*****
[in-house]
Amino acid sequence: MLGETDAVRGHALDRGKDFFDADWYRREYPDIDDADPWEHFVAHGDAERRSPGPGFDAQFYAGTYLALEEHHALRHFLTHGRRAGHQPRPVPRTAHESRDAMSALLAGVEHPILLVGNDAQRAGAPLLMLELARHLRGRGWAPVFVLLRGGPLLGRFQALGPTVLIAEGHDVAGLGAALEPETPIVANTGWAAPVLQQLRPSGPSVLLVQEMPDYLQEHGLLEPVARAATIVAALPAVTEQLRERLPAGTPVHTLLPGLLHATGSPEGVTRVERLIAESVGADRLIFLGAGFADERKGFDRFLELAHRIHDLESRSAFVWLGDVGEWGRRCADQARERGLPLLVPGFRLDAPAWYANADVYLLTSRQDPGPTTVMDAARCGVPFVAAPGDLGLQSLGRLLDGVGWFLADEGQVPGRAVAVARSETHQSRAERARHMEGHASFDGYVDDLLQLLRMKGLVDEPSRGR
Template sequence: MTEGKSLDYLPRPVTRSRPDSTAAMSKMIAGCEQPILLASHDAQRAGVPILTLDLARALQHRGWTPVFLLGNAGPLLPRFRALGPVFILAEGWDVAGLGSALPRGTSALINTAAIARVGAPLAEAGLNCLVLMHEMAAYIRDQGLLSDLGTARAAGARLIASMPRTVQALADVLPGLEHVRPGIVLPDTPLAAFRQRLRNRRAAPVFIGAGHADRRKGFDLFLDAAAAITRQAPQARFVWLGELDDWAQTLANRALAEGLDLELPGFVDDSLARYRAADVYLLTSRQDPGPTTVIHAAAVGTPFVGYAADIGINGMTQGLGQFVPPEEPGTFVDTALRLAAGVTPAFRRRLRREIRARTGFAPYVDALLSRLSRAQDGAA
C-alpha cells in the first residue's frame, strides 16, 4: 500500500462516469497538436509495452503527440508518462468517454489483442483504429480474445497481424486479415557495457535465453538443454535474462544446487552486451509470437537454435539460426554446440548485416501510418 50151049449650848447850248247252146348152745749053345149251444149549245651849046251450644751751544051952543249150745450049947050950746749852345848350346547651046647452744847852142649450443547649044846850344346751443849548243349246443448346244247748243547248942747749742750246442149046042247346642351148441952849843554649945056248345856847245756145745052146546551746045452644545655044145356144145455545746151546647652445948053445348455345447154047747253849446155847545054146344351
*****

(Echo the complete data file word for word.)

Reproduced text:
[in-house]
Amino acid sequence: MLGETDAVRGHALDRGKDFFDADWYRREYPDIDDADPWEHFVAHGDAERRSPGPGFDAQFYAGTYLALEEHHALRHFLTHGRRAGHQPRPVPRTAHESRDAMSALLAGVEHPILLVGNDAQRAGAPLLMLELARHLRGRGWAPVFVLLRGGPLLGRFQALGPTVLIAEGHDVAGLGAALEPETPIVANTGWAAPVLQQLRPSGPSVLLVQEMPDYLQEHGLLEPVARAATIVAALPAVTEQLRERLPAGTPVHTLLPGLLHATGSPEGVTRVERLIAESVGADRLIFLGAGFADERKGFDRFLELAHRIHDLESRSAFVWLGDVGEWGRRCADQARERGLPLLVPGFRLDAPAWYANADVYLLTSRQDPGPTTVMDAARCGVPFVAAPGDLGLQSLGRLLDGVGWFLADEGQVPGRAVAVARSETHQSRAERARHMEGHASFDGYVDDLLQLLRMKGLVDEPSRGR
Template sequence: MTEGKSLDYLPRPVTRSRPDSTAAMSKMIAGCEQPILLASHDAQRAGVPILTLDLARALQHRGWTPVFLLGNAGPLLPRFRALGPVFILAEGWDVAGLGSALPRGTSALINTAAIARVGAPLAEAGLNCLVLMHEMAAYIRDQGLLSDLGTARAAGARLIASMPRTVQALADVLPGLEHVRPGIVLPDTPLAAFRQRLRNRRAAPVFIGAGHADRRKGFDLFLDAAAAITRQAPQARFVWLGELDDWAQTLANRALAEGLDLELPGFVDDSLARYRAADVYLLTSRQDPGPTTVIHAAAVGTPFVGYAADIGINGMTQGLGQFVPPEEPGTFVDTALRLAAGVTPAFRRRLRREIRARTGFAPYVDALLSRLSRAQDGAA
C-alpha cells in the first residue's frame, strides 16, 4: 500500500462516469497538436509495452503527440508518462468517454489483442483504429480474445497481424486479415557495457535465453538443454535474462544446487552486451509470437537454435539460426554446440548485416501510418 50151049449650848447850248247252146348152745749053345149251444149549245651849046251450644751751544051952543249150745450049947050950746749852345848350346547651046647452744847852142649450443547649044846850344346751443849548243349246443448346244247748243547248942747749742750246442149046042247346642351148441952849843554649945056248345856847245756145745052146546551746045452644545655044145356144145455545746151546647652445948053445348455345447154047747253849446155847545054146344351